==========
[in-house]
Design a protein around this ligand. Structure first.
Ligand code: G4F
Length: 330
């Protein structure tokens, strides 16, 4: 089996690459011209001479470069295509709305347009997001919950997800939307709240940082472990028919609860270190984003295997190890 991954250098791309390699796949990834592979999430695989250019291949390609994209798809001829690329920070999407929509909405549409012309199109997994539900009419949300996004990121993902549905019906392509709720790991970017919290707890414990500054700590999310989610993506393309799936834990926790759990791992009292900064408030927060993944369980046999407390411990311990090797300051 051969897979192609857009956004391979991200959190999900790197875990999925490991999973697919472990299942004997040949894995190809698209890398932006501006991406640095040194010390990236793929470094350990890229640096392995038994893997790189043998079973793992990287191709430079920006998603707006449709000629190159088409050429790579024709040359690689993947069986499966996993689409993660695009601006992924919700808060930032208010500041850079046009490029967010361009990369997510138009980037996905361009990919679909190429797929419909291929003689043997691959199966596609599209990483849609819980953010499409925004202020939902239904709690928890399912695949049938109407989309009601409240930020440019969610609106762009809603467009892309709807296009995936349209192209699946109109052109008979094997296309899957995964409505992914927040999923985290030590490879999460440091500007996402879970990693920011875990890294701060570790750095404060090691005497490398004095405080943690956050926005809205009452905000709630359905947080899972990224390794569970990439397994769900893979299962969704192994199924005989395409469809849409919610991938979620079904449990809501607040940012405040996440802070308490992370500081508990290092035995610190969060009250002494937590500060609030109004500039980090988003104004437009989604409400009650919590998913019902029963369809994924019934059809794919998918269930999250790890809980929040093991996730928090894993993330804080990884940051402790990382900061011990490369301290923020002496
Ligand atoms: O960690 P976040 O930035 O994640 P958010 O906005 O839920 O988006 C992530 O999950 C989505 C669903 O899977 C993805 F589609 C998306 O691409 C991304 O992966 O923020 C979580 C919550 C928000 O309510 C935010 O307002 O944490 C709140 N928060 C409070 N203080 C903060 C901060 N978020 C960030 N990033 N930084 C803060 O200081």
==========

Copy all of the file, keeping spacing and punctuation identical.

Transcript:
[in-house]
Design a protein around this ligand. Structure first.
Ligand code: G4F
Length: 330
């Protein structure tokens, strides 16, 4: 089996690459011209001479470069295509709305347009997001919950997800939307709240940082472990028919609860270190984003295997190890 991954250098791309390699796949990834592979999430695989250019291949390609994209798809001829690329920070999407929509909405549409012309199109997994539900009419949300996004990121993902549905019906392509709720790991970017919290707890414990500054700590999310989610993506393309799936834990926790759990791992009292900064408030927060993944369980046999407390411990311990090797300051 051969897979192609857009956004391979991200959190999900790197875990999925490991999973697919472990299942004997040949894995190809698209890398932006501006991406640095040194010390990236793929470094350990890229640096392995038994893997790189043998079973793992990287191709430079920006998603707006449709000629190159088409050429790579024709040359690689993947069986499966996993689409993660695009601006992924919700808060930032208010500041850079046009490029967010361009990369997510138009980037996905361009990919679909190429797929419909291929003689043997691959199966596609599209990483849609819980953010499409925004202020939902239904709690928890399912695949049938109407989309009601409240930020440019969610609106762009809603467009892309709807296009995936349209192209699946109109052109008979094997296309899957995964409505992914927040999923985290030590490879999460440091500007996402879970990693920011875990890294701060570790750095404060090691005497490398004095405080943690956050926005809205009452905000709630359905947080899972990224390794569970990439397994769900893979299962969704192994199924005989395409469809849409919610991938979620079904449990809501607040940012405040996440802070308490992370500081508990290092035995610190969060009250002494937590500060609030109004500039980090988003104004437009989604409400009650919590998913019902029963369809994924019934059809794919998918269930999250790890809980929040093991996730928090894993993330804080990884940051402790990382900061011990490369301290923020002496
Ligand atoms: O960690 P976040 O930035 O994640 P958010 O906005 O839920 O988006 C992530 O999950 C989505 C669903 O899977 C993805 F589609 C998306 O691409 C991304 O992966 O923020 C979580 C919550 C928000 O309510 C935010 O307002 O944490 C709140 N928060 C409070 N203080 C903060 C901060 N978020 C960030 N990033 N930084 C803060 O200081």